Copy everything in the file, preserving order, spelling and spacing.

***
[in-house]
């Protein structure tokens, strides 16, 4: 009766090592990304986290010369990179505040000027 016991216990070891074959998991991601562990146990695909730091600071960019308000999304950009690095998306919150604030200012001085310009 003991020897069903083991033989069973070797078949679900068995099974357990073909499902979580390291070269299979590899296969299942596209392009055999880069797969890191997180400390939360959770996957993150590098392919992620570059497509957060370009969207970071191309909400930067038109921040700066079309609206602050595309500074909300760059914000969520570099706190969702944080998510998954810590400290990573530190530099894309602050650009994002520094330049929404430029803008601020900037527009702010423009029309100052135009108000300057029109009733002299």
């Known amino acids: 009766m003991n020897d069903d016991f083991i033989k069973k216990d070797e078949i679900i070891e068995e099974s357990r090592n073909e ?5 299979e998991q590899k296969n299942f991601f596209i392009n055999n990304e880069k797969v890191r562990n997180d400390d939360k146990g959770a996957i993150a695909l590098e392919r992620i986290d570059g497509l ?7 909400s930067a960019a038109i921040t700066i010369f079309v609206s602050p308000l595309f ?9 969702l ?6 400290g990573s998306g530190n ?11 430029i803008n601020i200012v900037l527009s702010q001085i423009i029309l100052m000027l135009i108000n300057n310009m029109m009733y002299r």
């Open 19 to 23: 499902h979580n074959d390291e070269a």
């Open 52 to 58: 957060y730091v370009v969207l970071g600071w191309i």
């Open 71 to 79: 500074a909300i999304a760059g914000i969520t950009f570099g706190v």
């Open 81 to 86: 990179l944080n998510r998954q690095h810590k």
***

[in-house]
């Protein structure tokens, strides 16, 4: 009766090592990304986290010369990179505040000027 016991216990070891074959998991991601562990146990695909730091600071960019308000999304950009690095998306919150604030200012001085310009 003991020897069903083991033989069973070797078949679900068995099974357990073909499902979580390291070269299979590899296969299942596209392009055999880069797969890191997180400390939360959770996957993150590098392919992620570059497509957060370009969207970071191309909400930067038109921040700066079309609206602050595309500074909300760059914000969520570099706190969702944080998510998954810590400290990573530190530099894309602050650009994002520094330049929404430029803008601020900037527009702010423009029309100052135009108000300057029109009733002299």
């Known amino acids: 009766m003991n020897d069903d016991f083991i033989k069973k216990d070797e078949i679900i070891e068995e099974s357990r090592n073909e ?5 299979e998991q590899k296969n299942f991601f596209i392009n055999n990304e880069k797969v890191r562990n997180d400390d939360k146990g959770a996957i993150a695909l590098e392919r992620i986290d570059g497509l ?7 909400s930067a960019a038109i921040t700066i010369f079309v609206s602050p308000l595309f ?9 969702l ?6 400290g990573s998306g530190n ?11 430029i803008n601020i200012v900037l527009s702010q001085i423009i029309l100052m000027l135009i108000n300057n310009m029109m009733y002299r």
């Open 19 to 23: 499902h979580n074959d390291e070269a």
């Open 52 to 58: 957060y730091v370009v969207l970071g600071w191309i």
């Open 71 to 79: 500074a909300i999304a760059g914000i969520t950009f570099g706190v």
């Open 81 to 86: 990179l944080n998510r998954q690095h810590k």